As an example to better understand the definition above have a look at a possible specification of a list ADT:

First the signature of the ADT is defined. For that we need some sets and functions on these sets:

E = Possible list elements (e.g. int, String, ...)
L = Merge_from_i=0_to_infinity(Ei) = Set of all possible n-tuples with elements from E.
BOOL = { true, false }

new: -> L
add: L x E -> L
remove: L x E -> L
head: L -> E
tail: L -> L
isIn: L x E -> BOOL

So new is the operation which transforms nothing into a list, remove transforms a list and an element into a list, ... .

Second the semantics of the functions needs to be defined. This can be done e.g. by specifying some relationships between the functions: (in the following l element of L, e and f element of E)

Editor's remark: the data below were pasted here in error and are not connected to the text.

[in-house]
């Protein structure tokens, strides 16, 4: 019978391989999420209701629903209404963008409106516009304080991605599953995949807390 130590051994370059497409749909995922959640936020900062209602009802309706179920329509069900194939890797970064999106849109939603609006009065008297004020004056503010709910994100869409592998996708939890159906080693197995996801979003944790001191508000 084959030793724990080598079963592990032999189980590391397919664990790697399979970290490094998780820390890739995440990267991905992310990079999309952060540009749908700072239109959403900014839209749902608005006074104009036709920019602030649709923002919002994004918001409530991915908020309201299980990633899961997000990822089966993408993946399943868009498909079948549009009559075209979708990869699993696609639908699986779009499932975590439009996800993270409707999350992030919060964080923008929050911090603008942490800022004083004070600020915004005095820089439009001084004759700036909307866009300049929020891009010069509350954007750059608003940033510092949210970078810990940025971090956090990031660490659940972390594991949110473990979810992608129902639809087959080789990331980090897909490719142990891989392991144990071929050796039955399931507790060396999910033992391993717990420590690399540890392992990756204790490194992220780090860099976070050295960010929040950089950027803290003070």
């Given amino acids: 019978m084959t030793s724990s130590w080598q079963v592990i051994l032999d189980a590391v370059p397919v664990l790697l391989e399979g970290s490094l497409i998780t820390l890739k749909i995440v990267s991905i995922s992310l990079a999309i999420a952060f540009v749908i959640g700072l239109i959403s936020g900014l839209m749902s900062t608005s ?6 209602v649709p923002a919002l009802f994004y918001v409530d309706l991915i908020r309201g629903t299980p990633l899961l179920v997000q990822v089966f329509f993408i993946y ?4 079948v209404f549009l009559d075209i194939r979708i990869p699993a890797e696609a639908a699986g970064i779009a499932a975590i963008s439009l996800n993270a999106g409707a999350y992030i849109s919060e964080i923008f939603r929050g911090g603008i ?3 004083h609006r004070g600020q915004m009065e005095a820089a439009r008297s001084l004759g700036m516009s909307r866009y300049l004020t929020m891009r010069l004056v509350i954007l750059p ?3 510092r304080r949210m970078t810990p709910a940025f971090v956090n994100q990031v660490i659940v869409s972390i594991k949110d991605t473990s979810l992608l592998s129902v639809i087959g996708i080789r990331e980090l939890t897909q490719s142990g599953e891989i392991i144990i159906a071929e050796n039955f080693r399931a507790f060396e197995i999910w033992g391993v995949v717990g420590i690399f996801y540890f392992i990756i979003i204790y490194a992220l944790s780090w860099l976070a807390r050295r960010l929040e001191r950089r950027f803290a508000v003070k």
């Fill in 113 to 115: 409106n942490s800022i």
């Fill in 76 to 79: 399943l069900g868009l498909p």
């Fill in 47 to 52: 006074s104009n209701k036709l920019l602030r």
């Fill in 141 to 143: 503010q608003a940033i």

new() = λ
head(add(l,e)) = e
tail(add(l,e)) = l
λ,e) = error
remove(add(l,e),e) = l
remove(add(l,f),e) = add(remove(l,e),f)
    (if f != e )
isIn(add(l,e),e) = true
λ,e) = false
isIn(add(l,f),e) = isIn(l,e)
    (if f != e)

So new is creating the empty list (represented by the λ sign here). remove executed on an empty list causes an error, executed on a list onto which the to be removed element was added returns the list without that element, and executed on a list to which a different element was added iterates further through that list.

This completely determines what the ADT will do if its functions are used but not how it will be achieved (i.e. how it is implemented). If a little bit more about implementation is known, one can give the bounds on time and space mentioned in the WU above. In this example, time bounds could be (if implemented as linked list):

add: O(1)
remove: O(n) (with n = number of elements in the list)
isIn: O(n)
head: O(1)
tail: O(1)